I don’t think some people realise that this attitude is something that is taught by society—people teach boys they shouldn’t care about anything feminine, people make them play with toys that are gendered as masculine, people berate them when they do anything feminine, society essentially tells them that anything masculine is better, then people produce literature and film and TV that reinforce this mindset. It’s obvious that. it. doesn’t. have. to. be. this. way. Sexism isn’t inherent. Literature and TV and film don’t have to reinforce this mindset—entertainment can go against the grain; if people create well-rounded characters, kids have the capacity to accept them, whether they’re male or female.
Great article on the War on Drugs in Australia.
“…the war on drugs seemed waiting for me: deaths, addiction, corruption and failed attempts to bring calm and good sense to a deeply difficult issue. I’d reported it for a decade.
1994 Though E is for Ecstasy is on sale around the world, the book is banned in Australia. Why? Because new censorship codes are designed to pursue the war on drugs. Books and films can be banned for showing drugs and addiction “in such a way that they offend against the standards of morality, decency and propriety generally accepted by reasonable adults”.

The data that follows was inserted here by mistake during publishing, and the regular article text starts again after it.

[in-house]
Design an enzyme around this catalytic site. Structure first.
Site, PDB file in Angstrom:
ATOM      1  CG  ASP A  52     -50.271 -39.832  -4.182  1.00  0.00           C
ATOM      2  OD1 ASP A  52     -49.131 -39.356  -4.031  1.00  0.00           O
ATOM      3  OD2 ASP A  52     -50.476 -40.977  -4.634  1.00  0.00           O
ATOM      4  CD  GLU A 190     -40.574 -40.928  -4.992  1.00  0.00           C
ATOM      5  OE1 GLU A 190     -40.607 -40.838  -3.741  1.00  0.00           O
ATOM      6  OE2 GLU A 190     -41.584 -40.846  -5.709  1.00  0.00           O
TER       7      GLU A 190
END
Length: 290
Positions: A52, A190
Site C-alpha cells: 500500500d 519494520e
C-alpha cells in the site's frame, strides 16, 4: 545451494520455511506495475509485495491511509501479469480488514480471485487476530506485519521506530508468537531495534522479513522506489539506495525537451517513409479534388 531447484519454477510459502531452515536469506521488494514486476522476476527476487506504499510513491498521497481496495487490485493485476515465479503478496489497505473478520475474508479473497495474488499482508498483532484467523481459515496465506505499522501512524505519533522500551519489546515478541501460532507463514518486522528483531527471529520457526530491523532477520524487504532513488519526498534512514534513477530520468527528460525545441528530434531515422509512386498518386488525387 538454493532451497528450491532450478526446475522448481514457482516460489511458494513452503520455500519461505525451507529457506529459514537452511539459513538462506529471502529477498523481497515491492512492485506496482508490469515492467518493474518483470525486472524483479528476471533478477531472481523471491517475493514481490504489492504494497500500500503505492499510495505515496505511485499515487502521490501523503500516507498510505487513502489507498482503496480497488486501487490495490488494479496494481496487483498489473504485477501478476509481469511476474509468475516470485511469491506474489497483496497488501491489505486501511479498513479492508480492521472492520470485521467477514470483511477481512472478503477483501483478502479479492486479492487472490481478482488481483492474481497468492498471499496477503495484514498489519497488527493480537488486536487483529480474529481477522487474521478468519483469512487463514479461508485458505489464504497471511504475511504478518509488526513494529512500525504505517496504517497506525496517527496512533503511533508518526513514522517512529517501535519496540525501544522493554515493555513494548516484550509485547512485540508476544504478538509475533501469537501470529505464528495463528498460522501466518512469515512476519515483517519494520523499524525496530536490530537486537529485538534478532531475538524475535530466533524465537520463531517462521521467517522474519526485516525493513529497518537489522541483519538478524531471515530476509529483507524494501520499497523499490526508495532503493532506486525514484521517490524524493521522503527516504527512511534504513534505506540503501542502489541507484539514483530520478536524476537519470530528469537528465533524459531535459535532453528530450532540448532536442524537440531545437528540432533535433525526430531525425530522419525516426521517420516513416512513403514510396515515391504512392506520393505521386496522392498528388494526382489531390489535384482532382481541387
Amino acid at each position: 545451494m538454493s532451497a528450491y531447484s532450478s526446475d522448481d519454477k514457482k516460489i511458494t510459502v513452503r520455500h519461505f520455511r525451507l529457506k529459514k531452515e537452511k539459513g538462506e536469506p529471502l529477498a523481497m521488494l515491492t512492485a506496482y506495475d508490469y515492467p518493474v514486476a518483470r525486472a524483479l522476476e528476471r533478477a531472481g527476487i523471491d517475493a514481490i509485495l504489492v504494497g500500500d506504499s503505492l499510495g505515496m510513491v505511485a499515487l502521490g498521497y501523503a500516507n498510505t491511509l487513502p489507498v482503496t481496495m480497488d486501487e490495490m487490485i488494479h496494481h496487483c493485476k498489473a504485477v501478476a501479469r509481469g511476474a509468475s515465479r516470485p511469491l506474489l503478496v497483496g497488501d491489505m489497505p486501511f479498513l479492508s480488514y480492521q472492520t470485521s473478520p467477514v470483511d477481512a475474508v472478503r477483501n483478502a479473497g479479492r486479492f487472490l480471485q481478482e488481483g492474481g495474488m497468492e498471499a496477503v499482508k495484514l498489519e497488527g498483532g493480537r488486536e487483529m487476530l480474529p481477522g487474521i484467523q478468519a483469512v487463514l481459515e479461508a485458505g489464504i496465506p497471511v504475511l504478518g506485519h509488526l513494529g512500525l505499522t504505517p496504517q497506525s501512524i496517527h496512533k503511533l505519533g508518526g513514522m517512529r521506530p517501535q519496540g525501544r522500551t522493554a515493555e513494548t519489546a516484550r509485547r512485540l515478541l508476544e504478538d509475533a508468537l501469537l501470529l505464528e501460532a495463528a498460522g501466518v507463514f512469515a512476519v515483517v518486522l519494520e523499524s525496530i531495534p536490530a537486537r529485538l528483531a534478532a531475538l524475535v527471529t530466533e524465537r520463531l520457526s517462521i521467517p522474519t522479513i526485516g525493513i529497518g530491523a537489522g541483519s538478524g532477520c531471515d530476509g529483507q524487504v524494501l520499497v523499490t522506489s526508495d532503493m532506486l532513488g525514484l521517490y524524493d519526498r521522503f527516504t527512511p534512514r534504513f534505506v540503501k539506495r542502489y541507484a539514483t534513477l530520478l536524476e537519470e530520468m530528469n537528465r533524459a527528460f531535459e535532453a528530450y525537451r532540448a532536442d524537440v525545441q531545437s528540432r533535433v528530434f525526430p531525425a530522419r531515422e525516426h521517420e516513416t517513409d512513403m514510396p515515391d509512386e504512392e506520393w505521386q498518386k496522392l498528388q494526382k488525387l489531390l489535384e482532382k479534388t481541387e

1994-97 Supreme Court judge James Wood’s royal commission lays bare systemic corruption of the NSW Police Force by the drug trade. Wood’s cautious suggestions for decriminalisation are brushed aside by then-NSW premier Bob Carr.
1996 Bill Clinton’s chief international drugs enforcer, Bob Gelbard, flies in to threaten Tasmania’s legal and lucrative poppy-growing industry to stop the ACT going ahead with a heroin trial. The trial never happens.
1999 Cardinal George Pell quashes plans by the Sisters of Charity to open a safe injecting room at St Vincent’s Hospital in Darlinghurst.